# Condition numbers

August 23, 2021 8 min read

The notion of condition numbers arises when you are studying the problem of numeric stability of solutions of ordinary linear equations systems (OLES). This concept is really important in such practical applications as least-squares fitting in regression problems or search of inverse matrix (which can be an inverse of covariance matrix in such machine learning applications as Gaussian processes). Another example of their use is the time complexity of quantum algorithms for solving OLES - complexity of those algorithms is usually a polynomial or (poly-) logarithmic function of condition numbers. This post gives a brief review of condition numbers.

Condition numbers are actually a more general term that can be applied not only to matrices, but to an arbitrary function. Moreover, their definition might vary, depending on the kind of problem you are solving (e.g. OLES solution or matrix inversion) and the kind of error (absolute or relative) you are measuring.

## Informal explantation of the nature of condition numbers

The nature of condition numbers in case of inverse matrix problem is quite simple: if one of eigenvalues of your matrix is 0, the matrix determinant is 0, and it has no inverse. Such a matrix is called singular or degenerate.

If none of the eigenvalues is exactly 0, but one of them is close to 0, the matrix determinant is close to 0. Then it turns out that the error that you get, when numerically calculating inverse of such matrix, is huge. Such a matrix is called ill-conditioned.

However, it turns out that it is not the absolute value of the smallest eigenvalue that determines, if the matrix is well- or ill-conditioned, but (speaking vaguely) the ratio between the absolute values of the smallest and the largest ones. I’ll explain this below.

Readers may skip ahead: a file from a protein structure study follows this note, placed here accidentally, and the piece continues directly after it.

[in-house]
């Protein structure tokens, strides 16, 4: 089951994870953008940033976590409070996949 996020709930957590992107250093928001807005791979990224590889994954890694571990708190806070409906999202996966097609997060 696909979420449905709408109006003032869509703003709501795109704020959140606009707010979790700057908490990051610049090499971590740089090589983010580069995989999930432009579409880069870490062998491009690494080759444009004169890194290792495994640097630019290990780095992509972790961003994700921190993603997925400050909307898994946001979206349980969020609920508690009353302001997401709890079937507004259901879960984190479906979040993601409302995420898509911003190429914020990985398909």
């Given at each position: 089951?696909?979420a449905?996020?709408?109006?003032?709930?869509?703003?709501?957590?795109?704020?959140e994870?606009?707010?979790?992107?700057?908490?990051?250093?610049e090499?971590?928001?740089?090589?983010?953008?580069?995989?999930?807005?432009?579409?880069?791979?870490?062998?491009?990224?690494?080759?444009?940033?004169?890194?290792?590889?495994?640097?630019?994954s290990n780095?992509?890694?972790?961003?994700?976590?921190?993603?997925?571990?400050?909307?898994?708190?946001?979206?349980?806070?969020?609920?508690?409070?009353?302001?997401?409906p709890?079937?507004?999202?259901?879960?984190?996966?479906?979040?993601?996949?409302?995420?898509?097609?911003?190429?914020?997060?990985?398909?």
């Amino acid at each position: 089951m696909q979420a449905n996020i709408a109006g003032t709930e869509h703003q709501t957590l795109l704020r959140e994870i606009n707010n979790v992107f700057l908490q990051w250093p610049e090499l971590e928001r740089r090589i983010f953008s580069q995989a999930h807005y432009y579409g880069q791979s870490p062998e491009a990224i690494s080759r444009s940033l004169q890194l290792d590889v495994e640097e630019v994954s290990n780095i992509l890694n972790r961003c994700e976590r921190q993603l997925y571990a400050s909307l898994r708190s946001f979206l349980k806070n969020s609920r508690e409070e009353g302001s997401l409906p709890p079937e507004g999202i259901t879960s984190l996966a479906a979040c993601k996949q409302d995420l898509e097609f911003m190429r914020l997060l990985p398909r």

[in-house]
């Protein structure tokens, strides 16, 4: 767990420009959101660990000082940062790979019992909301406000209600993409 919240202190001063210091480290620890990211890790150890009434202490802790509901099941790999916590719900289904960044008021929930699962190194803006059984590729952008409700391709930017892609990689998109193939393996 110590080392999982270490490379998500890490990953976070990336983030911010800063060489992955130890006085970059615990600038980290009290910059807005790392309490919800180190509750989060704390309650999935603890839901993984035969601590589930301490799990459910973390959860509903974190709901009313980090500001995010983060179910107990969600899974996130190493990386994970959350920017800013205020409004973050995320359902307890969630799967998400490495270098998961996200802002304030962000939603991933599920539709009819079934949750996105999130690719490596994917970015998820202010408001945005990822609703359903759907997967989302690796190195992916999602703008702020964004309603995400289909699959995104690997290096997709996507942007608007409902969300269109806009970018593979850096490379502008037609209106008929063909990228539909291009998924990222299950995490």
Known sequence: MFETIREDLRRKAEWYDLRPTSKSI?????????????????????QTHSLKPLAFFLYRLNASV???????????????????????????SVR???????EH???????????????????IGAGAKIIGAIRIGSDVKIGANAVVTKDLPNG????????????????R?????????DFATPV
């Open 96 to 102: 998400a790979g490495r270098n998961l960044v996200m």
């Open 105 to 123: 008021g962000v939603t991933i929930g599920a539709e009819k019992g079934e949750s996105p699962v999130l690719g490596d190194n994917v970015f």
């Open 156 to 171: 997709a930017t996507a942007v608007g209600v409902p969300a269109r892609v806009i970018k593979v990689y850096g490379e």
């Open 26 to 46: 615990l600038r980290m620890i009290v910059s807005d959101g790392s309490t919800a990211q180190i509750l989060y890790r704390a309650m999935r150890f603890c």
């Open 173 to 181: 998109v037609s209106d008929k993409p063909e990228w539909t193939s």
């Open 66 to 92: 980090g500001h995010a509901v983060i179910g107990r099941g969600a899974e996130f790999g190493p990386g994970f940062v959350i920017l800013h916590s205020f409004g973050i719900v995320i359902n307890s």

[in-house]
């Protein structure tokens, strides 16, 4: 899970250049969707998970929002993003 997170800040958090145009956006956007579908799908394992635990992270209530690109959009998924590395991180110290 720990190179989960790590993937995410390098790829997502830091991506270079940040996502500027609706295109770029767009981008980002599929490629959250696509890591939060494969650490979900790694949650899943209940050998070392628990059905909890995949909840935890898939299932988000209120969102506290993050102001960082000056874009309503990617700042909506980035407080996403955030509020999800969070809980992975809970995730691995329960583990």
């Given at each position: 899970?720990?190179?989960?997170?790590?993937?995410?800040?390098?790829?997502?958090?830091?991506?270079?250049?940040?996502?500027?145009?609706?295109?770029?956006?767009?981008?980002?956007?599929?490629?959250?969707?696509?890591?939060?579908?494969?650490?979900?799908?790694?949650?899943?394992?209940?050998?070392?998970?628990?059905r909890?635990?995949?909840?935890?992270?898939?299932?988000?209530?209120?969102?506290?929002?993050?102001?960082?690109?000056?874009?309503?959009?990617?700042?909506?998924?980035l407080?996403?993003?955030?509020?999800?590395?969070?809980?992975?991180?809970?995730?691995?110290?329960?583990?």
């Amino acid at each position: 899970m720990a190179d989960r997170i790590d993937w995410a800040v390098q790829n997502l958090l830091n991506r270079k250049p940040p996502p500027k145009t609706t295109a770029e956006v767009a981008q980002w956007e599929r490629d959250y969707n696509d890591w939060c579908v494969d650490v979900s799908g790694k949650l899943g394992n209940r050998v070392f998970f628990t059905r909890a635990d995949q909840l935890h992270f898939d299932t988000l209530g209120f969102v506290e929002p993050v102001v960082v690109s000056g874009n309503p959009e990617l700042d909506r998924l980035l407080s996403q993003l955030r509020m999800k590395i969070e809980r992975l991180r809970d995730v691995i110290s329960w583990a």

## Condition numbers for stability of OLES solution

Let us formally define what a condition number is. We’ll need a few definitions.

First, let us define vector norm as a generalization of the notion of vector length, having the properties of being positive, sub-additive and linear in terms of multiplication by scalar. Let’s think of it as just a Euclidean vector length for now: $\Vert x \Vert = (\sum \limits_i x_i^2)^{\frac{1}{2}}$.

Matrix norm (or, more generally, operator norm) is the largest length of vector, you can achieve, by multiplying any vector by this matrix, divided by the vector length:

$\Vert A \Vert = \sup {\frac{\Vert Ax \Vert}{\Vert x \Vert}}$, (when $\Vert x \Vert \neq 0$ obviously).

For the purpose of study of numeric estimation of inverse matrix it is useful to consider the opposite quantity - the strongest shrinkage one can achieve by multiplying a vector by matrix:

$m = \inf \frac{\Vert Ax \Vert}{\Vert x \Vert}$

It is the reciprocal of norm of matrix inverse: $m = \inf \frac{\Vert Ax \Vert}{\Vert x \Vert} = \inf \frac{\Vert y \Vert}{\Vert A^{-1}y \Vert} = \frac{1}{\sup \frac{\Vert A^{-1}y \Vert}{\Vert y \Vert}} = \frac{1}{\Vert A^{-1} \Vert}$.

The ratio of the largest stretch of a vector to the largest shrink of a vector, created by matrix A, is called **condition number**: $\kappa(A) = \frac{\sup {\frac{\Vert Ax \Vert}{\Vert x \Vert}}}{\inf {\frac{\Vert Ax \Vert}{\Vert x \Vert}}} = \Vert A \Vert \Vert A^{-1} \Vert$.